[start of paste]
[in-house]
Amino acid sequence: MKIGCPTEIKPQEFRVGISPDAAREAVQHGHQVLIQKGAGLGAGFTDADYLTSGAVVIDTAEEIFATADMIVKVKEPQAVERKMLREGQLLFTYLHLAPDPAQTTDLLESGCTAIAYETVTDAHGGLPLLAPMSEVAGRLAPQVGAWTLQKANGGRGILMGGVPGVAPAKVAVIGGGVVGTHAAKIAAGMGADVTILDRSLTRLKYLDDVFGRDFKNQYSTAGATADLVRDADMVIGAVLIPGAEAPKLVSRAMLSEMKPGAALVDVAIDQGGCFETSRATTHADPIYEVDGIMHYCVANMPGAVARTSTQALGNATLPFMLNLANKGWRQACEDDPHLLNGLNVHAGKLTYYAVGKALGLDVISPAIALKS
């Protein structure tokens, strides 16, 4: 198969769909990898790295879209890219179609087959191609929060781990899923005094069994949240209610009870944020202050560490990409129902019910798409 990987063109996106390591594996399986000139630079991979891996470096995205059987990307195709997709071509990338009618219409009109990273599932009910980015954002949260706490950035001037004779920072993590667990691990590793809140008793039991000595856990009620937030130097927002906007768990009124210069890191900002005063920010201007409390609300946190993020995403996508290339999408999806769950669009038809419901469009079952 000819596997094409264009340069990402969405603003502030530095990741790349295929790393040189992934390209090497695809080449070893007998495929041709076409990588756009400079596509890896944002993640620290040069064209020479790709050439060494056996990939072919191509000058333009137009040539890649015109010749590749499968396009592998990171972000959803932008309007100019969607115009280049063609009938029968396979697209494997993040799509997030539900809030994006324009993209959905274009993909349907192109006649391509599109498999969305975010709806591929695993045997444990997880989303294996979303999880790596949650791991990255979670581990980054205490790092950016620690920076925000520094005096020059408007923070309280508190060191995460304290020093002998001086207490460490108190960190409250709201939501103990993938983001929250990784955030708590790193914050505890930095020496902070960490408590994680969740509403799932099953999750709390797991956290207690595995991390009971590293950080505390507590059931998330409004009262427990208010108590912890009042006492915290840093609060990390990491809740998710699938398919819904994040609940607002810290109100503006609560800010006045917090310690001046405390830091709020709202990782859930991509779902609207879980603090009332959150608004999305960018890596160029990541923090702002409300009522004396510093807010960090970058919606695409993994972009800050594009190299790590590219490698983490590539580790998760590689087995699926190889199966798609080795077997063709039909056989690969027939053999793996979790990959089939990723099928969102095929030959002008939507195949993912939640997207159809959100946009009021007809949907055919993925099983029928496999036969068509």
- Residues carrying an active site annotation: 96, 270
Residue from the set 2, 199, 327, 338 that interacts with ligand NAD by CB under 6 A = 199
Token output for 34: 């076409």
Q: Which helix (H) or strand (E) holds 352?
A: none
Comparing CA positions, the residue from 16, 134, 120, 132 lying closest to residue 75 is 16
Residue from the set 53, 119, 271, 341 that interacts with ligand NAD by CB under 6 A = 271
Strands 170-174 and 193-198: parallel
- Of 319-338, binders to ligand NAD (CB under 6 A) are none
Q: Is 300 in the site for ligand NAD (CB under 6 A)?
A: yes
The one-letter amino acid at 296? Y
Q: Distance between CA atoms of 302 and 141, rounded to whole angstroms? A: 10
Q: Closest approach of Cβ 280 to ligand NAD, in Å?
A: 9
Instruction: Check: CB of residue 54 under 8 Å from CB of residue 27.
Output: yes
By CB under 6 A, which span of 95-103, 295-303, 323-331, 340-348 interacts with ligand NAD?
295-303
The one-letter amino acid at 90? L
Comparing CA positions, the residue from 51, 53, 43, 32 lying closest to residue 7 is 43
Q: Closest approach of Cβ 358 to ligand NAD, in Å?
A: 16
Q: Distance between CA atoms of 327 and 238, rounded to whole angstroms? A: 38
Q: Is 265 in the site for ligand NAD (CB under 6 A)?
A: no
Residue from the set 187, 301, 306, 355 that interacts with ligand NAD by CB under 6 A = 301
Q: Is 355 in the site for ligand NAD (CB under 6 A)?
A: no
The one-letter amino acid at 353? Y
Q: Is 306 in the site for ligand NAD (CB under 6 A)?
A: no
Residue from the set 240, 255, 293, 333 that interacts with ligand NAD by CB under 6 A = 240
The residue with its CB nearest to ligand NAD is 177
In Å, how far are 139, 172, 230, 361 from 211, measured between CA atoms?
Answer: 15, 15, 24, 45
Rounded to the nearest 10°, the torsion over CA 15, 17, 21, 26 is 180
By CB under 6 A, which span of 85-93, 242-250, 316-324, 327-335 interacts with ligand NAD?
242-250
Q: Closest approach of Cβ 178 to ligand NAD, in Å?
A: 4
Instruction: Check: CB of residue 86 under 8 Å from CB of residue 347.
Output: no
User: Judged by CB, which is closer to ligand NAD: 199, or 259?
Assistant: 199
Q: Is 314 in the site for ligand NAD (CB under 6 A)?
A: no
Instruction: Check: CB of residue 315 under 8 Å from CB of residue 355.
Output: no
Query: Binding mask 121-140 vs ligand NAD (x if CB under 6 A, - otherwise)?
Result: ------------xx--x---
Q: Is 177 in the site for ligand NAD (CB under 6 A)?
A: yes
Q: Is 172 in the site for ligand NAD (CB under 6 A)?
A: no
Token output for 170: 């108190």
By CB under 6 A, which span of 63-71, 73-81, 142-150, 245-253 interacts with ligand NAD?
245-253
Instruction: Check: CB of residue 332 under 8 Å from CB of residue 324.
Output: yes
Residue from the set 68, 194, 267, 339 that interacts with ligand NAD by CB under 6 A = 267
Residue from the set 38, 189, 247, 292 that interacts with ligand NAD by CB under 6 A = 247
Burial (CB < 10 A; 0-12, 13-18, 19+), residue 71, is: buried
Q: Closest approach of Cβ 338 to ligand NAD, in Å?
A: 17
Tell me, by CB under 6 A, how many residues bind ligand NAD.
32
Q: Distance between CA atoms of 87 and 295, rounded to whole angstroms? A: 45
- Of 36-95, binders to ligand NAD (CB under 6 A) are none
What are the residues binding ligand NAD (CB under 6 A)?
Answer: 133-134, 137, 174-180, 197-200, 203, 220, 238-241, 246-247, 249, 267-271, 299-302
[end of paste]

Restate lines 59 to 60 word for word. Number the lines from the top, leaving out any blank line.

Token output for 170: 């108190």
By CB under 6 A, which span of 63-71, 73-81, 142-150, 245-253 interacts with ligand NAD?